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The GW Hatchet


The GW Hatchet

Serving the GW Community since 1904

The GW Hatchet

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FRESHFARM workers ratify union agreement
By Max Porter, Contributing News Editor • February 15, 2024

An ode to ‘God’s most pathetic creatures’

“Fever Pitch” probably won’t please many Red Sox diehards, but is that really possible anyway?

Bostonians are never happy. We take what is said about our team and our fans personally. Which is why if you’re a Sox fan, I suggest taking a few deep breaths if you choose to see this movie. You will nit pick, you will point out inaccuracies, and you might even curse out Jimmy Fallon and Drew Barrymore a few times.

But if you get over the fact that this Farrelly Brothers (“Dumb and Dumber,” “There’s Something About Mary”) flick is a romantic comedy, not a documentary on the Red Sox, you might enjoy it. Because as far as romantic comedies go, “Fever Pitch” is infinitely less painful to watch than any recent Jennifer Lopez or Richard Gere vehicle.

In his most high profile starring role to date, Fallon (who always looks like he’s oh so pleased with himself) plays Ben, a hopeless Red Sox supporter moonlighting as a schoolteacher. Lindsey (Barrymore) is the love interest learning to deal with Ben’s Sox related rituals, which will look familiar to fans of any sports team. They provide some of the movie’s biggest laughs.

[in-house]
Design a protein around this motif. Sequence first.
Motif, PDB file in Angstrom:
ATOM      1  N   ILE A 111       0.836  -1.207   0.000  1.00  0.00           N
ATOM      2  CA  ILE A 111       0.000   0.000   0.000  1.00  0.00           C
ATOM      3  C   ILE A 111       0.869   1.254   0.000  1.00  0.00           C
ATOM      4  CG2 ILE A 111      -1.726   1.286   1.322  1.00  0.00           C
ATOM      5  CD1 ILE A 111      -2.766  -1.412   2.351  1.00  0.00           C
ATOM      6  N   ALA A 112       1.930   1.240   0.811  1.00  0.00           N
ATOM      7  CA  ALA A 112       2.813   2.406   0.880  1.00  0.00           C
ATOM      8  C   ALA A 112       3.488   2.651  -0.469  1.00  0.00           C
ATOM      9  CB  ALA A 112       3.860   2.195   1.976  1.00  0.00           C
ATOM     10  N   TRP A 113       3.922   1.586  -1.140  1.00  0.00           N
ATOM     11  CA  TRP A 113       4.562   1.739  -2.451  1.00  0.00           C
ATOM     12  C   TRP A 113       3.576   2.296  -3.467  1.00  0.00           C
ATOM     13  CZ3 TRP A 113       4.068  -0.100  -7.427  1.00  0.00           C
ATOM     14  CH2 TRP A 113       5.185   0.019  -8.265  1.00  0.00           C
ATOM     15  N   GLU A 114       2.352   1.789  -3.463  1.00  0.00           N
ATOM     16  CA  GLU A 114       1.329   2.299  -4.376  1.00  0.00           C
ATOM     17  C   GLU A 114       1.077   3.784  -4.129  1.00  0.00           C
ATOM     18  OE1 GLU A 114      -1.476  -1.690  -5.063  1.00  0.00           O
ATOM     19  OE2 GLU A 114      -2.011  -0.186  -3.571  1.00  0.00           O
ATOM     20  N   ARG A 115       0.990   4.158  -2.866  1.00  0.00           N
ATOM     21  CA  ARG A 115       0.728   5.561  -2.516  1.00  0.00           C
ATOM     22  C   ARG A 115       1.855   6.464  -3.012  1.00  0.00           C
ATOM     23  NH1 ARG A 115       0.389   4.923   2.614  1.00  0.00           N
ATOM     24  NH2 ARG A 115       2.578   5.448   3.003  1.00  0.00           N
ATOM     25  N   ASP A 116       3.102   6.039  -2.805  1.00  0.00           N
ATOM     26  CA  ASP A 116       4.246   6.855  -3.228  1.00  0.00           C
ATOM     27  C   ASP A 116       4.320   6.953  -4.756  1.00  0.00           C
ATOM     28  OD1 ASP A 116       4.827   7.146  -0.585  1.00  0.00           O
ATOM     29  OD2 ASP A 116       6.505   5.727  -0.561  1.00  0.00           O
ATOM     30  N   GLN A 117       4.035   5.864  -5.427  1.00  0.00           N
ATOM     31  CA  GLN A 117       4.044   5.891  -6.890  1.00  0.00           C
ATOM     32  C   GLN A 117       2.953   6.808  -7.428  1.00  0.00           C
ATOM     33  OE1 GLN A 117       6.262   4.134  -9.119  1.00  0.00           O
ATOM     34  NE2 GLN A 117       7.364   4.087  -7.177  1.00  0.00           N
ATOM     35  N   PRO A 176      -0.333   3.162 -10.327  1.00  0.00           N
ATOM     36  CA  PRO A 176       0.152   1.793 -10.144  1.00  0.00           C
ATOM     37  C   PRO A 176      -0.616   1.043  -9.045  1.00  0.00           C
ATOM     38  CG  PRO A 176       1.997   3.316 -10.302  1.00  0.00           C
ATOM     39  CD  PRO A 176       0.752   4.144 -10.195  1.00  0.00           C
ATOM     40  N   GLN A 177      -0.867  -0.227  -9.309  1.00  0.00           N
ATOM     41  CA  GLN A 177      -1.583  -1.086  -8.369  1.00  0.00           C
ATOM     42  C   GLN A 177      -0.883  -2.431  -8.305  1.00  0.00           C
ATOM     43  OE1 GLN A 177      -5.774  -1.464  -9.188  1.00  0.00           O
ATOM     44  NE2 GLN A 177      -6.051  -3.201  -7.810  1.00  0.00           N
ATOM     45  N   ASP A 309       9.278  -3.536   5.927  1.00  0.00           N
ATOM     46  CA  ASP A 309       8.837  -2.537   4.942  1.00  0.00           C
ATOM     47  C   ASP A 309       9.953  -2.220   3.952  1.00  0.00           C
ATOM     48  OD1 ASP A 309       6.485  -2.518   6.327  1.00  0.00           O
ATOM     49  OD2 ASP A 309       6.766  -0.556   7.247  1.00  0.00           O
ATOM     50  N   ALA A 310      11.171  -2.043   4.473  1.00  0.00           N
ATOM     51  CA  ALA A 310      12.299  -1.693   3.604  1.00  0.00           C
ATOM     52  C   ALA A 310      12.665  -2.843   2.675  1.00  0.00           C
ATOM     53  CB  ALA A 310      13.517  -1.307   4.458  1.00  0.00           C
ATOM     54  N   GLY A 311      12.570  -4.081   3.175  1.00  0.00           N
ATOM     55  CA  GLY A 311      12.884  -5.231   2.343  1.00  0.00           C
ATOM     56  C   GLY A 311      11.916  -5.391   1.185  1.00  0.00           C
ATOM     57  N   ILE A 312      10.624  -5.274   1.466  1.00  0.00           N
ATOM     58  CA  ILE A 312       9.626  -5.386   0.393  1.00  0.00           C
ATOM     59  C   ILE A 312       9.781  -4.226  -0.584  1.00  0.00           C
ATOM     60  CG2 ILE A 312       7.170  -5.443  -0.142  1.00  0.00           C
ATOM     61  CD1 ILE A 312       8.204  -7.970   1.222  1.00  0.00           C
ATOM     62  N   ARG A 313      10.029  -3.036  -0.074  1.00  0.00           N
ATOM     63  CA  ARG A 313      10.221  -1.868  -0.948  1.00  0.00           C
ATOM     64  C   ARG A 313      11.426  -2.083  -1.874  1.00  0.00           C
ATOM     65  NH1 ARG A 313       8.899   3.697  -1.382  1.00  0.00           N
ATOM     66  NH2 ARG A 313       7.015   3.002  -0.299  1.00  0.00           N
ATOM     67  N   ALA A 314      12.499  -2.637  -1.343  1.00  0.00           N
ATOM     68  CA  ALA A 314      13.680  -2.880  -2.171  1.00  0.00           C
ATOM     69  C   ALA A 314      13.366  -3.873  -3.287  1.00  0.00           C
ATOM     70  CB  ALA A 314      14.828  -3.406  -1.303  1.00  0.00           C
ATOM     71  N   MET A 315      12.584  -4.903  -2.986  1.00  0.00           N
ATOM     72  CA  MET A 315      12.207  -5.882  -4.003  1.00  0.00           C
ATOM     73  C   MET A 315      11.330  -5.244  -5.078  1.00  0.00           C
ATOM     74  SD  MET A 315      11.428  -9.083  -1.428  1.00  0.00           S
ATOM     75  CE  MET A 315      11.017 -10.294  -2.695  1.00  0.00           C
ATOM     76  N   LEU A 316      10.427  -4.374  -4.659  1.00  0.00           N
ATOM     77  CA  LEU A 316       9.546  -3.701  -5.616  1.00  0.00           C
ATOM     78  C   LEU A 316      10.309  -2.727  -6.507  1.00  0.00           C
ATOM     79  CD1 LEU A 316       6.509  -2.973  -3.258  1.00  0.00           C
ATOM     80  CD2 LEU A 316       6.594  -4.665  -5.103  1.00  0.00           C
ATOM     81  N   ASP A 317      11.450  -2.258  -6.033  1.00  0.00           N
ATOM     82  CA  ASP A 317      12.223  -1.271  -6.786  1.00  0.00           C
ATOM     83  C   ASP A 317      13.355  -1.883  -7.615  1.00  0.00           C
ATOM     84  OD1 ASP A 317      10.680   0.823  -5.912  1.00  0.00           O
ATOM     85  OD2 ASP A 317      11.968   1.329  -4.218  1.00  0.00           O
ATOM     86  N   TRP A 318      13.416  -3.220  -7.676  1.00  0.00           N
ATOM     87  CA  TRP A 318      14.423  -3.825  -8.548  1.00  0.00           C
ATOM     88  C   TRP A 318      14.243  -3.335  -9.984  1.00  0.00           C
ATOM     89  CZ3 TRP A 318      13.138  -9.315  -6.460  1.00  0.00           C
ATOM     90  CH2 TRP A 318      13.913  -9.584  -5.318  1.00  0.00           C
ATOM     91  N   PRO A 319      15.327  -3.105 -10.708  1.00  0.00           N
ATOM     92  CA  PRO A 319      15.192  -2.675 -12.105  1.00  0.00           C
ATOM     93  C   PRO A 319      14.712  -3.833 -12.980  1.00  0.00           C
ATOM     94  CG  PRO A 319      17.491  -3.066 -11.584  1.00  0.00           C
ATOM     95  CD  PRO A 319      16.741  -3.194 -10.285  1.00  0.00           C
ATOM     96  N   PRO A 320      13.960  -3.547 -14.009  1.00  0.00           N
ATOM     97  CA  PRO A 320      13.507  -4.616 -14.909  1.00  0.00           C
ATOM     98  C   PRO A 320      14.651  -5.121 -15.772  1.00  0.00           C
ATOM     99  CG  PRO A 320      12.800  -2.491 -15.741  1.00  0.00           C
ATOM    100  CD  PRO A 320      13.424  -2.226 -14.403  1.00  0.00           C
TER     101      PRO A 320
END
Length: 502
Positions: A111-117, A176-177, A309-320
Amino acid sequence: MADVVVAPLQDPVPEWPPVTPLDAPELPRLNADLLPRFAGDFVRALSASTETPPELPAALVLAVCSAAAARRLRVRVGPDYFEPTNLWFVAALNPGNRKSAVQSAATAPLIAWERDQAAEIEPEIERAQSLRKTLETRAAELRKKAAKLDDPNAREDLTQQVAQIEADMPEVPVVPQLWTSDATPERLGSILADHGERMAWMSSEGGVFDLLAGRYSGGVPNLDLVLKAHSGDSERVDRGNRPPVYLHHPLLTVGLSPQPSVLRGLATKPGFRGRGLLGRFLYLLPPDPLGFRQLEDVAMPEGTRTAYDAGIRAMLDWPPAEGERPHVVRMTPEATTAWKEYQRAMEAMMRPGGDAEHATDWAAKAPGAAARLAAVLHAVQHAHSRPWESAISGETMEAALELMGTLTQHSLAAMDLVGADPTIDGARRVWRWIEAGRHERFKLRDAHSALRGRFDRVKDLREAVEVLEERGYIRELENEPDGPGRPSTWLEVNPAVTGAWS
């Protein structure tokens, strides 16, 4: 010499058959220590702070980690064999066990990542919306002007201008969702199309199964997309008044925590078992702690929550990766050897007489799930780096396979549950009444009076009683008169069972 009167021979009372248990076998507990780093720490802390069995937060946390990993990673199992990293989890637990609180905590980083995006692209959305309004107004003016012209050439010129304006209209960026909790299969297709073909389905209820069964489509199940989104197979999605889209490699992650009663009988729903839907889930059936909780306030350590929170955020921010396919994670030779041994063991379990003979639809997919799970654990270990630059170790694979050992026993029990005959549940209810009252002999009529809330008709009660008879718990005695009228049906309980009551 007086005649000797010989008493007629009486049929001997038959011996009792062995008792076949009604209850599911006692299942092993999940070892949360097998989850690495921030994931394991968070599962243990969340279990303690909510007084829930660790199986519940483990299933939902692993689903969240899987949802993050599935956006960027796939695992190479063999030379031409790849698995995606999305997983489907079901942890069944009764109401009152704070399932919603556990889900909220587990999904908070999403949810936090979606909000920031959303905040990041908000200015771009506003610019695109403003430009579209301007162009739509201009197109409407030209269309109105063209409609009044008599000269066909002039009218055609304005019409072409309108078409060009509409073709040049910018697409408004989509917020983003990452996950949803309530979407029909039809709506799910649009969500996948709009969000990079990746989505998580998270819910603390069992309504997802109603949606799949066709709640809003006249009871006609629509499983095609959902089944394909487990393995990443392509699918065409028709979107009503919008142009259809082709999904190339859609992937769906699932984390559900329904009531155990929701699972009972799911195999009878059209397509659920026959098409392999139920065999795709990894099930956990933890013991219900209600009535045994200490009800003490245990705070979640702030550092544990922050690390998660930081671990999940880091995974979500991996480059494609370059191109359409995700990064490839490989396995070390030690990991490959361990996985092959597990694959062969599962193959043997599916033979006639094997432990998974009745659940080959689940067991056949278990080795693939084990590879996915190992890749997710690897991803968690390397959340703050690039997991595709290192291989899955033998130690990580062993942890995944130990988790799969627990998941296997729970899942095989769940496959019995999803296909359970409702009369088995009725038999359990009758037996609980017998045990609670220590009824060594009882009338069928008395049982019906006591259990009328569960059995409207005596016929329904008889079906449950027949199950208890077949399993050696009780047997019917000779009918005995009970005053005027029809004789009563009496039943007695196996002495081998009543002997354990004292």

In reality, the biggest ailment the movie suffers from is that on the whole, it’s not as obsessed with the Red Sox as Fallon’s character (or any real Sox fan) is. It’s as if all of Ben’s idiosyncrasies are just a side show to the common romance with Barrymore, who gives a realistic, but generic performance as a work-obsessed woman who can’t quite understand her boyfriend’s unconditional faith in a baseball team. I suppose it’s tough to market a Hollywood movie almost solely based on a superstitious obsession.

The loose adaptation of British author Nick Hornby’s book of the same name (which is about a fan obsessed with Arsenal, a team in England’s Premier League) is also tamer than most Farrelly fueled comedies, but the humor seeps out a bit in the occasional Fallon one-liner or dirty sight gag involving male private parts. Ben and Lindsey’s friends do provide solid comic moments, especially wacky anesthesiologist Kevin, who is played by Farrelly movie mainstay Willie Garson.

But beyond the light doses of humor, there is most substance here. Boiled down to the bone, “Fever Pitch” is about Fallon’s faith, which to a fault is stronger to the Red Sox than it is for anything or anyone else. Like any real Sox fan or any person invested in a cause or relationship, Ben’s faith is questioned – this time, out loud, by a deadpan junior varsity baseball player named Ryan (Brett Murphy). Then and only then does Ben realize life goes beyond baseball – the perpetual struggle of many a Sox fan.

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